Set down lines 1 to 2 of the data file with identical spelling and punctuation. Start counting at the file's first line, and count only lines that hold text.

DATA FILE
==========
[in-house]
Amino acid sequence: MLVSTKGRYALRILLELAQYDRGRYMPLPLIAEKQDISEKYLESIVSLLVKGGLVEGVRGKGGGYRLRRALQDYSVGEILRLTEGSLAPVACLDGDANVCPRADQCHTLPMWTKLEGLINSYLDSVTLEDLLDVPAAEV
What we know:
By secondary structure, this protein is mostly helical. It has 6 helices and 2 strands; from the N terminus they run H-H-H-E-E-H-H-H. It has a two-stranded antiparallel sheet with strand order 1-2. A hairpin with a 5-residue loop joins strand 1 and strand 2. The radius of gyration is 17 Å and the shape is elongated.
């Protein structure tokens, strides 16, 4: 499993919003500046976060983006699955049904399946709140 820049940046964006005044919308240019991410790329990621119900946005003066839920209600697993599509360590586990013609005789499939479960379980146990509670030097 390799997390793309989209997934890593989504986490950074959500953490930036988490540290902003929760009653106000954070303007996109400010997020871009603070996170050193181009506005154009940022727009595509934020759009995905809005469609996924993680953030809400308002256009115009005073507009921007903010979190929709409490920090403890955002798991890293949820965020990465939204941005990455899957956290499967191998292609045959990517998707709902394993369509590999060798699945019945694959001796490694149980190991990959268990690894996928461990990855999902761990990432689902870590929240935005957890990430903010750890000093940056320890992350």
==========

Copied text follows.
[in-house]
Amino acid sequence: MLVSTKGRYALRILLELAQYDRGRYMPLPLIAEKQDISEKYLESIVSLLVKGGLVEGVRGKGGGYRLRRALQDYSVGEILRLTEGSLAPVACLDGDANVCPRADQCHTLPMWTKLEGLINSYLDSVTLEDLLDVPAAEV